7 Rookie Mom Reading Mistakes (Part 3)

Are you still with me? Did you read Part 1 and Part 2 of this
series? Without further introduction, here are the final three mistakes that I
am doing differently the second time around.

Mistake #5 – Reading a 20-book series
aloud

One thing I know I did right was continue reading aloud even after my
son learned to read for himself. In fact, even now, my husband or I read to him
just about every night. We like that he’s old enough now for books that pull us in as much as they captivate him. Right now we’re well into the Chronicles of Narnia books (affiliate link).
The mistake I think we made a few years back was reading twenty Magic Tree House books to him while he was in kindergarten. Yes, he
really liked this series. 
So why was reading it a mistake? This would have been a wonderful
series for him to read to himself
when he reached that reading level. There aren’t a whole lot of early chapter book series out there. I wish we had stopped after one or two
books and sidetracked him onto something else.
It turns out that he doesn’t really like to re-read books we’ve read to
him.

Lesson Learned


We read Dinosaurs Before Dark,
the first Magic Tree House book, aloud to my twins this year. They loved it. They
asked for more. I told them it might be too scary to read at bedtime (which isn’t
completely false) and suggested Stuart
Little
, which they are enjoying.
They’ll get to Magic Tree House
soon enough. We already have the first twenty books on the shelf waiting for
them.

Mistake #6 – Forcing ‘Sounding
It Out’

Imagine your child is reading to you and gets to the word “starting”
but reads it as “sounding” instead. What a crazy mistake, right? So you tell
your kid to slow down, back up and sound it out. 
Well, after saying “sound that out” way too many times and starting to feel
like I was banging my head against a wall, I started to wonder what was going
on. So I mentioned it to his teacher. She suggested I try asking, “Did that make sense?” instead.
I have no idea why that hadn’t occurred to me with my own child.
When I taught middle school reading, I worked with kids on strategies
to monitor their comprehension as
they read. They would get hung up on vocabulary and lack of background knowledge
rather than on decoding words, but they still had to learn to go back and figure
out what wasn’t making sense to them.

Lesson Learned

So I started focusing on comprehension when my son read words wrong. Before
long, it seemed that he was self-correcting most of the time, even without any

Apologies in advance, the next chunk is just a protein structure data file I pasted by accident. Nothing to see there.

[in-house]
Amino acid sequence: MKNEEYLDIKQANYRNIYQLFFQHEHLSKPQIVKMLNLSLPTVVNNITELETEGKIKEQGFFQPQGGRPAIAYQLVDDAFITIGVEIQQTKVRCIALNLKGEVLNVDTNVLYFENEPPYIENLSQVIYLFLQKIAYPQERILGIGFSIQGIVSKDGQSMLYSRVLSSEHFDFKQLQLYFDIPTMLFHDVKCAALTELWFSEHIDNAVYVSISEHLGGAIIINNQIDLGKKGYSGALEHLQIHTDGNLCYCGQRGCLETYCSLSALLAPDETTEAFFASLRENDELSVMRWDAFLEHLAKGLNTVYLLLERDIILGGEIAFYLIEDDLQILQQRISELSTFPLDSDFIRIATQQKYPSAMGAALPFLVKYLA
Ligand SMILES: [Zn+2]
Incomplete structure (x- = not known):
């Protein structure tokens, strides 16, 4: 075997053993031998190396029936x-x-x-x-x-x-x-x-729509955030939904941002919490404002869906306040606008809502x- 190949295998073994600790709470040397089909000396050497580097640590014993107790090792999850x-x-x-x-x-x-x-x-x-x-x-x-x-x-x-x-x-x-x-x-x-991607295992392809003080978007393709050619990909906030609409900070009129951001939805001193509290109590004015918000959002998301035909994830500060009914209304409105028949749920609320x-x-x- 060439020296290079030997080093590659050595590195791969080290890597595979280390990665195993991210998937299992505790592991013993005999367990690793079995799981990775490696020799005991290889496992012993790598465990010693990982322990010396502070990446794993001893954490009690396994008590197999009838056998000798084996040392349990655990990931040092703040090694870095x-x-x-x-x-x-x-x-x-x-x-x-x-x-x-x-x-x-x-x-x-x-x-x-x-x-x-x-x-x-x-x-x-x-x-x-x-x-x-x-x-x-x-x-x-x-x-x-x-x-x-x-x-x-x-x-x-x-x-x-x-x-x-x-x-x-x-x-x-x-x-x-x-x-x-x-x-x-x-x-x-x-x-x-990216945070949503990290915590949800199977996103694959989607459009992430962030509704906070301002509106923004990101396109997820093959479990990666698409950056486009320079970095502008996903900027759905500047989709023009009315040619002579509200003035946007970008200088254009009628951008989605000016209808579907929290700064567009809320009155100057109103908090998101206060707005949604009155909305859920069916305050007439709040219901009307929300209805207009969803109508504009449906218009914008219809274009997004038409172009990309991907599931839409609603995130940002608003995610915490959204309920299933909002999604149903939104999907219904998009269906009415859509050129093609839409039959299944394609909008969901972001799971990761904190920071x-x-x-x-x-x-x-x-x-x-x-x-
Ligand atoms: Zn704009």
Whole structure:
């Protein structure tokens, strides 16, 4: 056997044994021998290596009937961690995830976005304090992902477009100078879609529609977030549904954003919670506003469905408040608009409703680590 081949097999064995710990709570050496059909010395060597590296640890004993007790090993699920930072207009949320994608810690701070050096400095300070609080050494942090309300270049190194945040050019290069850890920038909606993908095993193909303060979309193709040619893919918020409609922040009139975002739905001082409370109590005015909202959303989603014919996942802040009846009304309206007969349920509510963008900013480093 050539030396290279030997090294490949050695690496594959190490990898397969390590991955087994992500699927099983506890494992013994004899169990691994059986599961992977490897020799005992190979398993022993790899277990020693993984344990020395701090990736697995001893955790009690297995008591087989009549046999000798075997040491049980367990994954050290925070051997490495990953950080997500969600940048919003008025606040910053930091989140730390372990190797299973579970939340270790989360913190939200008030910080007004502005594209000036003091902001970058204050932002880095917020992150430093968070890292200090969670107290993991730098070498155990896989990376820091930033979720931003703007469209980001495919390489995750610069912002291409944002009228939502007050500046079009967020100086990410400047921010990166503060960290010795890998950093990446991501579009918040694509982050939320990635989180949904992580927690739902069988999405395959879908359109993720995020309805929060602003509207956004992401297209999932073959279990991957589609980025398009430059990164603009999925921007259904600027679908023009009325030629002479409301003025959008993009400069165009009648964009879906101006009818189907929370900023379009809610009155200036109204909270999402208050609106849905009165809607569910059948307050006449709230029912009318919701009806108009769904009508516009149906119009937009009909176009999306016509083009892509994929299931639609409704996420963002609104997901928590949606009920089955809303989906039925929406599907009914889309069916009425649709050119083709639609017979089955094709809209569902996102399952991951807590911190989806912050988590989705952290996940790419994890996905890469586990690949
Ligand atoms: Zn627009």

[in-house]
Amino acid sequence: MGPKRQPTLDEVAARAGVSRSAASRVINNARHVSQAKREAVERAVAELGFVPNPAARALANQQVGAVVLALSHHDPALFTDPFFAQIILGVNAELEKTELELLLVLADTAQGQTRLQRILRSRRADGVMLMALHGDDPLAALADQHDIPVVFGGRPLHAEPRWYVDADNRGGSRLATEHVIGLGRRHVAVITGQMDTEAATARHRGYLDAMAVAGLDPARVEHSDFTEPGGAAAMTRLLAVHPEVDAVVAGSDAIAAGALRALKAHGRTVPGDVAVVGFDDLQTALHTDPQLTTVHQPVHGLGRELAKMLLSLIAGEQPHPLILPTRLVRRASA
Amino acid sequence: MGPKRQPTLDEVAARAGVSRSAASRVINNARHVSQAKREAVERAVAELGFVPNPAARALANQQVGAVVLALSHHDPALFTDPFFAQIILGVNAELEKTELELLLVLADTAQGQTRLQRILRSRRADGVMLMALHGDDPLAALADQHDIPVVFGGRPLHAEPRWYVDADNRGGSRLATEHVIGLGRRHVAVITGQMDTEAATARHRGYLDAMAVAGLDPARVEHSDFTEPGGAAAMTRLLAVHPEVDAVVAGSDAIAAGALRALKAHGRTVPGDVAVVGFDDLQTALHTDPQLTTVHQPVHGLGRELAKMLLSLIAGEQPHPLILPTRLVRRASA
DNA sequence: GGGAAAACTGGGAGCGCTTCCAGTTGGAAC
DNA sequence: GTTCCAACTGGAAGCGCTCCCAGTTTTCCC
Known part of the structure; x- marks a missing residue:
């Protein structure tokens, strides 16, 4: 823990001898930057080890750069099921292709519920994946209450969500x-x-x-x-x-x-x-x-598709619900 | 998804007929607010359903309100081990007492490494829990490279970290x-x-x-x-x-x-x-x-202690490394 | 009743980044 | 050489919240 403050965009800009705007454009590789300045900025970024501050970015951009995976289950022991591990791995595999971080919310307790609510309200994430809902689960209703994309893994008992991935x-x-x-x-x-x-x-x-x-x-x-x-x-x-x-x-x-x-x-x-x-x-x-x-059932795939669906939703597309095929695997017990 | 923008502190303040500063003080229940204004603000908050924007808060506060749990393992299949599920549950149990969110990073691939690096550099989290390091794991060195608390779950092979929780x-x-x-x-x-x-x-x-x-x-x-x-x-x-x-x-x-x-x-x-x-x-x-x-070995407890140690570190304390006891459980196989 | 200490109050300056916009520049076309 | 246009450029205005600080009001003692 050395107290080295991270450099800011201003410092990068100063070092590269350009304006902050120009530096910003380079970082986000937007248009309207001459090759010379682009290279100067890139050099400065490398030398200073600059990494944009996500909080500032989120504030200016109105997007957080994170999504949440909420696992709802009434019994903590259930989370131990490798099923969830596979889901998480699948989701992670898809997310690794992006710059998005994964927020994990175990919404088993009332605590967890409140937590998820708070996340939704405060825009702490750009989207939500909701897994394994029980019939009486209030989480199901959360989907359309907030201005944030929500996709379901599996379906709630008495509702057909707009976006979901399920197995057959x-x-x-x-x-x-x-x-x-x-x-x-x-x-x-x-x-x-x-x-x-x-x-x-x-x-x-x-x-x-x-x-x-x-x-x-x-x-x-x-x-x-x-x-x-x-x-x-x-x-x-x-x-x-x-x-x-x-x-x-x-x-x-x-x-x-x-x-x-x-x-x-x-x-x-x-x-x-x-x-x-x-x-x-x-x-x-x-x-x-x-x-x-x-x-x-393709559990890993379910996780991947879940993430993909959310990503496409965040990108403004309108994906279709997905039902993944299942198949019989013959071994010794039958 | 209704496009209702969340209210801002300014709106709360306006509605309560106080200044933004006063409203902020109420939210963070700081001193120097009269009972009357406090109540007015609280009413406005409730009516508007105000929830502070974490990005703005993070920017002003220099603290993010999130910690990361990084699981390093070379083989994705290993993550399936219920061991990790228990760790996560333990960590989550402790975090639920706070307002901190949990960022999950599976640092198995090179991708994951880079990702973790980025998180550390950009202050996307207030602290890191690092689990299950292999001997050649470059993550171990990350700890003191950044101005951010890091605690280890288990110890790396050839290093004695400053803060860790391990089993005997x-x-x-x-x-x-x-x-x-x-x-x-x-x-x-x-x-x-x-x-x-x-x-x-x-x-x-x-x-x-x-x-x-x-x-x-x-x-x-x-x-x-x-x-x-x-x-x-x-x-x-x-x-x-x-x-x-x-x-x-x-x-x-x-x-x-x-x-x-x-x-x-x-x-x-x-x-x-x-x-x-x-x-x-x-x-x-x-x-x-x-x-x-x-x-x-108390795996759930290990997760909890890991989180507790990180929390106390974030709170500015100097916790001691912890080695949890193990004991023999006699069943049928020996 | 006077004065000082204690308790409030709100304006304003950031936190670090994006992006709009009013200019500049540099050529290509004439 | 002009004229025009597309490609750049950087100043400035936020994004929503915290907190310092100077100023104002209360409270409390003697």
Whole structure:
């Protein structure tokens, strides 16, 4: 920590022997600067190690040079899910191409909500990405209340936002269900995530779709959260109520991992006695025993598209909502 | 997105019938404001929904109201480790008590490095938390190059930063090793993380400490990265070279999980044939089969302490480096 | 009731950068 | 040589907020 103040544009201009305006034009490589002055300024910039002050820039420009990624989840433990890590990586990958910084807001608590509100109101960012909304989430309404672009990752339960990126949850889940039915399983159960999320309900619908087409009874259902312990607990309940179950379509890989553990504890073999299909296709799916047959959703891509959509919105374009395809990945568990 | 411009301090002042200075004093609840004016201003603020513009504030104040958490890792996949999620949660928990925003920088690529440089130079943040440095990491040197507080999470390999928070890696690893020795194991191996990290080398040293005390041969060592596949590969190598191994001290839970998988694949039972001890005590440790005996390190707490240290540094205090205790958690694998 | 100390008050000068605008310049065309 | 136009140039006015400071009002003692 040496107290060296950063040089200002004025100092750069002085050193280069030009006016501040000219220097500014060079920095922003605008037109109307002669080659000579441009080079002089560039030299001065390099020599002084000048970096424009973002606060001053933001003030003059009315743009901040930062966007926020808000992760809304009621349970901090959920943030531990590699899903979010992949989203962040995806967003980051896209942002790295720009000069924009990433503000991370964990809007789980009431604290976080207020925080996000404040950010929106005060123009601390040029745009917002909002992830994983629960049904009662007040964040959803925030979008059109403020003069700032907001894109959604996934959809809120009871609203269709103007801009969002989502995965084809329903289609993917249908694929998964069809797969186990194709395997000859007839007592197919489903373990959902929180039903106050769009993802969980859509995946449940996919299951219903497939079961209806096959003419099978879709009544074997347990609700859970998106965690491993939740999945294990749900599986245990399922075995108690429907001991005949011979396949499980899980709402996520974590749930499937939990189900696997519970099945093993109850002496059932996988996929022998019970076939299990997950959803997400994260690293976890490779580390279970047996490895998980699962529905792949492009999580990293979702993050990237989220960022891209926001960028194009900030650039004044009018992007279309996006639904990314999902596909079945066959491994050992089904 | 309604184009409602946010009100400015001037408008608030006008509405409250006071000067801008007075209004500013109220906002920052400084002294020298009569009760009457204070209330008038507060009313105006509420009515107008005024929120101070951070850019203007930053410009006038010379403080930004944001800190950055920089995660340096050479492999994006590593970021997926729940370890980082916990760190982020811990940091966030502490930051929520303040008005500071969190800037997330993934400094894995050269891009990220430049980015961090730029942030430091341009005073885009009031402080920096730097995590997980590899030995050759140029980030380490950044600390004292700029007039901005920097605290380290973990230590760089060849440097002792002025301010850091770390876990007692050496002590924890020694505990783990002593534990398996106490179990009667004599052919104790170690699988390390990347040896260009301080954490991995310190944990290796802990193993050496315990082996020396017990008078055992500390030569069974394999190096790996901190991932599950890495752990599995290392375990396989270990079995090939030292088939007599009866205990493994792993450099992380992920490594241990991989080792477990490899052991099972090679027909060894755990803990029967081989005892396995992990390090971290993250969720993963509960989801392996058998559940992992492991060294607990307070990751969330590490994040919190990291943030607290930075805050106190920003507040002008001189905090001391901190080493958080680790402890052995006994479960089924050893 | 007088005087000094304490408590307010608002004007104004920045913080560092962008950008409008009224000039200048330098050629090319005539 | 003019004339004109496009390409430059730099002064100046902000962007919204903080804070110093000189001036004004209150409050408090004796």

prompting from me.

Mistake #7 – Overcorrecting and Not
Enough Positive Feedback

When your kid is first reading, and needing lots of help, it’s easy to
get into a pattern of correcting every little mistake and helping with each
stammered out word, then giving a “Good
job”
high five at the end.
You are giving them the help that they need to decode the words, but
you are not giving them any confidence
in their own abilities. It’s a fine line to walk.
My son, like all kids responds so well to positive feedback. You can just see it glowing all through him. In
hindsight, I wish I had given more of it.
By positive feedback, I don’t exactly mean praise. I mean giving
specific feedback with a smile, such as, “You read that whole page” and “You
figured that word out all by yourself.” By being specific, you give them the reason to feel proud of themselves – a reason
which they can internalize.

Lesson Learned

With my girls I’m trying to be more laid back about correcting
mistakes. Sometimes I just give nonverbal clues like pointing to a word or
letter. When I do correct them, I make sure I am giving lots of positive feedback
along with it.

Final Thoughts

This series of posts seemed entirely reasonable to write when I had it
outlined in my notebook, and even after I wrote out the first 3 or 4 mistakes.
Writing about 7 mistakes though? It starts to feel really negative. Yet,
I really don’t feel negative about how it all went. With everything I do, I am
always trying to reflect on what I can fix. I am a problem solver. It’s just
how I think.
I hope you have gained some insight from all of this. Please let me
know what you think in the comments.

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